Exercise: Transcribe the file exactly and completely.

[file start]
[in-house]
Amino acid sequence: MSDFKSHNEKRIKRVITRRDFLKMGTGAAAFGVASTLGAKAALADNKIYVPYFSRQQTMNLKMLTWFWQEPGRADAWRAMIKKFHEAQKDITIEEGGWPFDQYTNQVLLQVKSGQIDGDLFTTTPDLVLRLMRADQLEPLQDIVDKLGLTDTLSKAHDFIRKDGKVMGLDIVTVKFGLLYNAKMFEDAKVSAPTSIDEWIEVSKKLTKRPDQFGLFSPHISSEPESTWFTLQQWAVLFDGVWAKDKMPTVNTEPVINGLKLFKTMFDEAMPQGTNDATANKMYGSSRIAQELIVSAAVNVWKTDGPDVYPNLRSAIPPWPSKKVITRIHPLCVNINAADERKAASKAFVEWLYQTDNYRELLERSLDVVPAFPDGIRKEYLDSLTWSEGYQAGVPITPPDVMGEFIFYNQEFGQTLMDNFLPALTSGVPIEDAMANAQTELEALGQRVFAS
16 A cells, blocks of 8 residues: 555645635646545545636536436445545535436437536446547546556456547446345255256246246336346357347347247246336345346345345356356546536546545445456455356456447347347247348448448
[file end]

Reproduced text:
[in-house]
Amino acid sequence: MSDFKSHNEKRIKRVITRRDFLKMGTGAAAFGVASTLGAKAALADNKIYVPYFSRQQTMNLKMLTWFWQEPGRADAWRAMIKKFHEAQKDITIEEGGWPFDQYTNQVLLQVKSGQIDGDLFTTTPDLVLRLMRADQLEPLQDIVDKLGLTDTLSKAHDFIRKDGKVMGLDIVTVKFGLLYNAKMFEDAKVSAPTSIDEWIEVSKKLTKRPDQFGLFSPHISSEPESTWFTLQQWAVLFDGVWAKDKMPTVNTEPVINGLKLFKTMFDEAMPQGTNDATANKMYGSSRIAQELIVSAAVNVWKTDGPDVYPNLRSAIPPWPSKKVITRIHPLCVNINAADERKAASKAFVEWLYQTDNYRELLERSLDVVPAFPDGIRKEYLDSLTWSEGYQAGVPITPPDVMGEFIFYNQEFGQTLMDNFLPALTSGVPIEDAMANAQTELEALGQRVFAS
16 A cells, blocks of 8 residues: 555645635646545545636536436445545535436437536446547546556456547446345255256246246336346357347347247246336345346345345356356546536546545445456455356456447347347247348448448